2. Rehabilitation considerations post intensive care module addresses rehabilitation, exercise prescription, delivery and the evaluation of exercise programs in the ward and community setting.

3. Outcome Measures across the continuum module focuses on outcome measures which can be utilised to measure impairment, activity limitations and participation restriction in line with the International Classification of Functioning framework. Course content will include specific development of the performance and interpretation of measurements and consideration of the clinimetric properties of outcomes.

4. Culture Change and Implementation module covers the analyses of cultural factors that enable and restrict the implementation of rehabilitation in acute settings. Leadership and management theory will be used as a basis for designing and negotiating barriers to implementation of mobility and rehabilitation protocols into acute setting such as intensive and critical care settings.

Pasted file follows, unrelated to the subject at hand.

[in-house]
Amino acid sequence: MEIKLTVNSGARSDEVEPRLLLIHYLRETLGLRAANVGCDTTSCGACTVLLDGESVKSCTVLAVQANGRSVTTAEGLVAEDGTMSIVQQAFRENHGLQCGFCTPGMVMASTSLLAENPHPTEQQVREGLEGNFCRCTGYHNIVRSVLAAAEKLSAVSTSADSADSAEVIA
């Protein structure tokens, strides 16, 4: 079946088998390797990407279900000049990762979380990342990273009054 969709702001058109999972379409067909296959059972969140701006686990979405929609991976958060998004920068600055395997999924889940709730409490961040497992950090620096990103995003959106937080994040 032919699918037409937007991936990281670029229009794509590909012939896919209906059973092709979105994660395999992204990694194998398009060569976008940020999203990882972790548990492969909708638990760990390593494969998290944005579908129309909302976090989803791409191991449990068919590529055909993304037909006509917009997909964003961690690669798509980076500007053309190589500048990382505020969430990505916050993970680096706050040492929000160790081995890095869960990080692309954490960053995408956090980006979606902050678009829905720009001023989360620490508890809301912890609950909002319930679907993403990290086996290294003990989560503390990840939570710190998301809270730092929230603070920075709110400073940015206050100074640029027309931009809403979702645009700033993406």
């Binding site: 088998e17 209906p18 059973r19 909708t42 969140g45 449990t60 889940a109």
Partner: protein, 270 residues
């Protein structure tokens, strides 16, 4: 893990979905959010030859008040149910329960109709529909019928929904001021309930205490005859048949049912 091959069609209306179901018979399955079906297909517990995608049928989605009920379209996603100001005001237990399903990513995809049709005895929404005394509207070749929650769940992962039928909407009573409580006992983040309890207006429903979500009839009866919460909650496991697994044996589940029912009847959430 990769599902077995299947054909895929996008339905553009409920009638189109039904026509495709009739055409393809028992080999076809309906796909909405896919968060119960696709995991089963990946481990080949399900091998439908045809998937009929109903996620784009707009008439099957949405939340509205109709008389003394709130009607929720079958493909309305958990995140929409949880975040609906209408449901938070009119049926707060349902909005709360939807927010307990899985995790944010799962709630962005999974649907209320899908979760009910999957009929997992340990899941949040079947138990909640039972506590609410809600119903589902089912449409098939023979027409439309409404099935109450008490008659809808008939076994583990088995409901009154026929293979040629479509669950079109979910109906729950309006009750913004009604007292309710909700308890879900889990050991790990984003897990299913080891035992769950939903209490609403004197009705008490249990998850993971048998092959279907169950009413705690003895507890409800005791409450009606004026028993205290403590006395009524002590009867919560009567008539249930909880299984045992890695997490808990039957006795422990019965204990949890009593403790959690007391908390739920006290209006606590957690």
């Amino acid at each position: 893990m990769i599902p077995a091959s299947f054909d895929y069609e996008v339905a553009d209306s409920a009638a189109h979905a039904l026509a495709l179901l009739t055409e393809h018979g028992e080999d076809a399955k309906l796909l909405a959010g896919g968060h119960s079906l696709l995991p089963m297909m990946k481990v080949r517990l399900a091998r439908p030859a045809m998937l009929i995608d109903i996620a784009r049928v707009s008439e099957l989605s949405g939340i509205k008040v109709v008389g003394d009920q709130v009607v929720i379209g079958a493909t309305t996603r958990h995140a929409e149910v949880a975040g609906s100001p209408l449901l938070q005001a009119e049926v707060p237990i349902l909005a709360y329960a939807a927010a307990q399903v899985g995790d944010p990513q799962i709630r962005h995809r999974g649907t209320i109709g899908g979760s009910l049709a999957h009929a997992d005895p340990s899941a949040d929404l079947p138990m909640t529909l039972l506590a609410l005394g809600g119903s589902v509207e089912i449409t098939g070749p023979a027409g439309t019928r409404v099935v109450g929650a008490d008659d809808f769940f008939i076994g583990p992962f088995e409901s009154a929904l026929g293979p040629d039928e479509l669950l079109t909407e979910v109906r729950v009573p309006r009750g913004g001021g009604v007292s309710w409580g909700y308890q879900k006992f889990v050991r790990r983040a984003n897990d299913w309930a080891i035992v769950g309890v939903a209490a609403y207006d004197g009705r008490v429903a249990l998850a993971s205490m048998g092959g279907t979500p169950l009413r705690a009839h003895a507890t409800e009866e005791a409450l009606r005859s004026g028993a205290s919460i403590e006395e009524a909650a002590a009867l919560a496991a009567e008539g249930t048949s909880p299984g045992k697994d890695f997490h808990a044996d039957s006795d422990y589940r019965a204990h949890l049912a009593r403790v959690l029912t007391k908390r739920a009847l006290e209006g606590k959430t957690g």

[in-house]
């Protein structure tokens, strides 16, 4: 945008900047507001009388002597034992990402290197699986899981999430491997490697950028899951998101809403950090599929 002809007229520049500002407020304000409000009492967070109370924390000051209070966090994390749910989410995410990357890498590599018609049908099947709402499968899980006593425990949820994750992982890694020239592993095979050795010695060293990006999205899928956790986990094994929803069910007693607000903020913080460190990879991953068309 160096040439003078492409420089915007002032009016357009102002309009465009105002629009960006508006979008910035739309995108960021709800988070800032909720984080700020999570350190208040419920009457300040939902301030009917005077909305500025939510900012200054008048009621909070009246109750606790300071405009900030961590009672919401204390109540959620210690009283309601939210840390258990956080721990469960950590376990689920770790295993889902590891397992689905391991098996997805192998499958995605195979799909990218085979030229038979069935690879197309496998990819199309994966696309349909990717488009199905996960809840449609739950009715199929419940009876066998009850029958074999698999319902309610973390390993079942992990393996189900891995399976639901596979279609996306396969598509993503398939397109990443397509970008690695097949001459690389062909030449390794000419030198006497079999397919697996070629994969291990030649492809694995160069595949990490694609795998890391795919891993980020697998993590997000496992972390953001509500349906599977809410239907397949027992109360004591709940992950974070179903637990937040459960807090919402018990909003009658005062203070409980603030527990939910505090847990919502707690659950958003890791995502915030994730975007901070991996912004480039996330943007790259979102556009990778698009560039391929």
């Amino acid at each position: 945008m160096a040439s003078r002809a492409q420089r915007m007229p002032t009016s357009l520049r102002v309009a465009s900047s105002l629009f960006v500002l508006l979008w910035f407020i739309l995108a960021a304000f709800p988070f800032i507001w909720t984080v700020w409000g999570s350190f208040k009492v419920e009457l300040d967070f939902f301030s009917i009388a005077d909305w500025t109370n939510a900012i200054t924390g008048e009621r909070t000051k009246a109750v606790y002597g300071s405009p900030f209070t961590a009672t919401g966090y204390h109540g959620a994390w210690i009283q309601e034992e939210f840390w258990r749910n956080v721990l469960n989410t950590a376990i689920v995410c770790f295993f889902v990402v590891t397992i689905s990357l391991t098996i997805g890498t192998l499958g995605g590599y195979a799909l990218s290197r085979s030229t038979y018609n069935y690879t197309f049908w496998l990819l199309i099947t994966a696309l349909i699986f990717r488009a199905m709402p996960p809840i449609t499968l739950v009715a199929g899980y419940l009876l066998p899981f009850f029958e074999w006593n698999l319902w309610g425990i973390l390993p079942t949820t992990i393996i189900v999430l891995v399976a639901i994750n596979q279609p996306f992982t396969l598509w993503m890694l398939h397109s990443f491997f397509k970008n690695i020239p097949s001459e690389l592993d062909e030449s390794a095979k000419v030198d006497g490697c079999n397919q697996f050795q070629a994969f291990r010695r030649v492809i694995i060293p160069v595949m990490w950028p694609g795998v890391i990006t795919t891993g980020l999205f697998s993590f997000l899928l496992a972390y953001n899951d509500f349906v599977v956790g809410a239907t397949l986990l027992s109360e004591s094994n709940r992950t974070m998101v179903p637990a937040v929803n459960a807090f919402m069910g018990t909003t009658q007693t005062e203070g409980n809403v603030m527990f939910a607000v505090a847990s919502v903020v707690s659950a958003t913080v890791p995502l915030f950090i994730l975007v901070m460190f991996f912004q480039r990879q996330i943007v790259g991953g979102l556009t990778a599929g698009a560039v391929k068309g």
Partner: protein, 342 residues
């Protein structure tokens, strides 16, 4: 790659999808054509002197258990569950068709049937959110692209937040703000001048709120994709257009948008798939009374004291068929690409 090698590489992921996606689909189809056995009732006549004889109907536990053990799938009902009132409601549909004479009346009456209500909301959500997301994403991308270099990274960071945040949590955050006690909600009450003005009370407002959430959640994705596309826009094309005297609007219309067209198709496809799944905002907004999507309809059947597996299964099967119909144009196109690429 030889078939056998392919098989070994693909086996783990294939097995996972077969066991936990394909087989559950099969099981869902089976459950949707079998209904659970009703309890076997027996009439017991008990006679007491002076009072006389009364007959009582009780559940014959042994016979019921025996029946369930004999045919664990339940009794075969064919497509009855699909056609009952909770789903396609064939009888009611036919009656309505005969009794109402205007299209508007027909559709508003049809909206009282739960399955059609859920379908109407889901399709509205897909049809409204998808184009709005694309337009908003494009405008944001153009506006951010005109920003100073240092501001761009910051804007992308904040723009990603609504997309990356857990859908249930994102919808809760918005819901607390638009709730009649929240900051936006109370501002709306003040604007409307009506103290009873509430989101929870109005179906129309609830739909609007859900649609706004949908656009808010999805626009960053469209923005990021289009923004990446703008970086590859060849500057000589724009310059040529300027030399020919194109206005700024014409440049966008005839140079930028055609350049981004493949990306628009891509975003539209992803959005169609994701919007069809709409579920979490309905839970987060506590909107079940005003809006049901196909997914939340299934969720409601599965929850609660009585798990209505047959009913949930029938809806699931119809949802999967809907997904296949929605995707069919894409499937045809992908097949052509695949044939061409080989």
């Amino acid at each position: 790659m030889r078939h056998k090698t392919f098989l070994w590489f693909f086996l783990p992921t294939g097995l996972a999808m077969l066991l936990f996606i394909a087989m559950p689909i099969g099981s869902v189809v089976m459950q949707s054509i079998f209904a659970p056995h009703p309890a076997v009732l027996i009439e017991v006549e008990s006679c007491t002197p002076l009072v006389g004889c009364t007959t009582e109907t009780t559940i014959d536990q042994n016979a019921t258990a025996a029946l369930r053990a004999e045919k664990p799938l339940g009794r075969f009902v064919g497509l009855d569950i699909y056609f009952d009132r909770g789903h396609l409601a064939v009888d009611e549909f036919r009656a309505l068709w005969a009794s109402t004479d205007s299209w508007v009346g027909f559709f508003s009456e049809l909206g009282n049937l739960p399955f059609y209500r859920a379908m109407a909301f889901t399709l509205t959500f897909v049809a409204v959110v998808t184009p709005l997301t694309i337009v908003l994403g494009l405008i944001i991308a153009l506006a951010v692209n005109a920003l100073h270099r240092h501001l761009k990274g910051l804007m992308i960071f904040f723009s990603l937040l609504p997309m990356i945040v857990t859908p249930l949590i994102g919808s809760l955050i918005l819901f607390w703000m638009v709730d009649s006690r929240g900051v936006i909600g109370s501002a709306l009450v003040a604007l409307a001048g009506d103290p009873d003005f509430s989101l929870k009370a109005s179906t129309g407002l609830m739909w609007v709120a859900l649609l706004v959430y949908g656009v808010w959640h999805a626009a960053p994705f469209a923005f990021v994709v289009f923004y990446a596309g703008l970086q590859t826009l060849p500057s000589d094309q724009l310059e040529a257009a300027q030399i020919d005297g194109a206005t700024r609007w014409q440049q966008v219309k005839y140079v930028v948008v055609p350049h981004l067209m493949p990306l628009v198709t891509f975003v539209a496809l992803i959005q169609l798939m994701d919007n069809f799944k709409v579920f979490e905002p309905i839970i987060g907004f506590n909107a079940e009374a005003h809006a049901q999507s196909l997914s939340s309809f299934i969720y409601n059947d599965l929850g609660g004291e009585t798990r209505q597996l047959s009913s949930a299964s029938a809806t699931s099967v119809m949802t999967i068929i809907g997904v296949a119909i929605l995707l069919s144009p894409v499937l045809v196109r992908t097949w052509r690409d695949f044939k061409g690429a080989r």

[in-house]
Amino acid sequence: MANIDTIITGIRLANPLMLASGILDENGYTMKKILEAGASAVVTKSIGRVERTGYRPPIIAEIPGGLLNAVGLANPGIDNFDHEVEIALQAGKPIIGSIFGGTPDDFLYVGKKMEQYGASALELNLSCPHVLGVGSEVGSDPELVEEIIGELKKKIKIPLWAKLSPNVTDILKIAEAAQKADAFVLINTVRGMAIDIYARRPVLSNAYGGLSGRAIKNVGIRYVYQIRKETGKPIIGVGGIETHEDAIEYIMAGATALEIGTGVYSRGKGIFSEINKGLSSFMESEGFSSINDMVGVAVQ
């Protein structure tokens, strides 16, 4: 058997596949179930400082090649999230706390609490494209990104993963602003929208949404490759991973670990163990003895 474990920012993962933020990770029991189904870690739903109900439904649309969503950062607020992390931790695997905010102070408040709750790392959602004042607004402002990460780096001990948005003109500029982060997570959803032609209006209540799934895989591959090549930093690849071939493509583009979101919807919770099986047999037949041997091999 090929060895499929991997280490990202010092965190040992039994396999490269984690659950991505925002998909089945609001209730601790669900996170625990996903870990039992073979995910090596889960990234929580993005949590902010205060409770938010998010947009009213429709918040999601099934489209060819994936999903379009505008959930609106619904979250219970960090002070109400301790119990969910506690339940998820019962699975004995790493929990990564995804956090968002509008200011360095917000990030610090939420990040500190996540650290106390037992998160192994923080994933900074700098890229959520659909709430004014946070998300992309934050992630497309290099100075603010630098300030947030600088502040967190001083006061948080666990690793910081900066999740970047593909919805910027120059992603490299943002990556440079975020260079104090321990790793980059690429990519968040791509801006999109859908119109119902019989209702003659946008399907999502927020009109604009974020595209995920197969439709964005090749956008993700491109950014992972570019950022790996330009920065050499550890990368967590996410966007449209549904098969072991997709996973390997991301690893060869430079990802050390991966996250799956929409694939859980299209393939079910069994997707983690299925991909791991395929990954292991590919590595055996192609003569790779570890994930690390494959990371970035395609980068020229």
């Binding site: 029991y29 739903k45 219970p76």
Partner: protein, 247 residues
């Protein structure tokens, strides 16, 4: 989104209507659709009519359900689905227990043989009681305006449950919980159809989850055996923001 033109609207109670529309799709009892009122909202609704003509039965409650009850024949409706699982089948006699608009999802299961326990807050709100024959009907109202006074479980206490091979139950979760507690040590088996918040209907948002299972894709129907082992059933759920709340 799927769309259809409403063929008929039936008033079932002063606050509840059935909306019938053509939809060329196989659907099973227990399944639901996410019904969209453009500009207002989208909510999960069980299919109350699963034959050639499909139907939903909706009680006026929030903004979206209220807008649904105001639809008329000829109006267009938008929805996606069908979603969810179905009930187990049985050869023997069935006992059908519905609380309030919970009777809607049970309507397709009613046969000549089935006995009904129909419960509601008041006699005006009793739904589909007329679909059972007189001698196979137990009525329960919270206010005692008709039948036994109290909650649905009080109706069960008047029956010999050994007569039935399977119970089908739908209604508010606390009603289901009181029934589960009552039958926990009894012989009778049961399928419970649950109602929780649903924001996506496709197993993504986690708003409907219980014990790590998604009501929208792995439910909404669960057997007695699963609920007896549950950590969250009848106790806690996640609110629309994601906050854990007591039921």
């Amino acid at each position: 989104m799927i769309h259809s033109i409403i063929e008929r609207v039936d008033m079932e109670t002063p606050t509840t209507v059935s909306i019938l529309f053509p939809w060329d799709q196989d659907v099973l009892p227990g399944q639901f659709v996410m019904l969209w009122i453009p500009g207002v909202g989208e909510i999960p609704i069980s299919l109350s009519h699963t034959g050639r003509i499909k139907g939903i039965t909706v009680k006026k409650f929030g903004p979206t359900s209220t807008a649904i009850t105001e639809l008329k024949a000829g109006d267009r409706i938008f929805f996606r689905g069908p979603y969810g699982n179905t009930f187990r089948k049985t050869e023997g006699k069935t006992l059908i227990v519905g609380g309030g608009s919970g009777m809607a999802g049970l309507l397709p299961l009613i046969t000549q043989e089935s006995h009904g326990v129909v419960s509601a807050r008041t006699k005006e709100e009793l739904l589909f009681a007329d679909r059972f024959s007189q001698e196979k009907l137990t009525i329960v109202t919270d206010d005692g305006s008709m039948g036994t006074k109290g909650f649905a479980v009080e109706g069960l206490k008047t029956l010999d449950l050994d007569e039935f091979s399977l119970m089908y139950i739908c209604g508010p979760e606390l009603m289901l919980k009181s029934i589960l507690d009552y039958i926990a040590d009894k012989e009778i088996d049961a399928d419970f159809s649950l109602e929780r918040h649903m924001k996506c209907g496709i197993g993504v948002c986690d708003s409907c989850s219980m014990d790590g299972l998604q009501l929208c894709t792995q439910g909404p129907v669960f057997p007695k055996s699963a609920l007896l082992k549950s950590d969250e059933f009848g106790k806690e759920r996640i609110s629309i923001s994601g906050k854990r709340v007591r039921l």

The final integration module will be completed by all students and will focus on the application of rehabilitation theory to practice with an understanding of the needs of the individual within the ICU and community settings. Students will integrate and apply their learning from the previous three modules into context specific applications. They will select appropriate outcome measures and critically review literature to solve contextually relevant rehabilitation challenges demonstrating in-depth understanding of the complexity of the medical stability of the patient and choice of rehabilitation strategies.

Intended learning outcomes

The curriculum is designed around three elements that provide both horizontal and vertical integration throughout the program. These elements are: rehabilitation theory and practice, evidence and innovation and clinical practice in context.

Rehabilitation Theory and Practice:
1. Demonstrate knowledge of the impact of post intensive care syndrome and physiological factors which need to be evaluated to determine the appropriateness to commence rehabilitation
2. Apply knowledge of pathophysiology and anatomy to justify assessment techniques and propose an appropriate and safe physiotherapy management plan for patients who are critically unwell
3. Propose and justify safe and effective physiotherapy interventions to manage patients who are critically unwell
4. Explain and justify the choice of appropriate outcome measures to evaluate the efficacy of rehabilitation interventions provided

Evidence and Innovation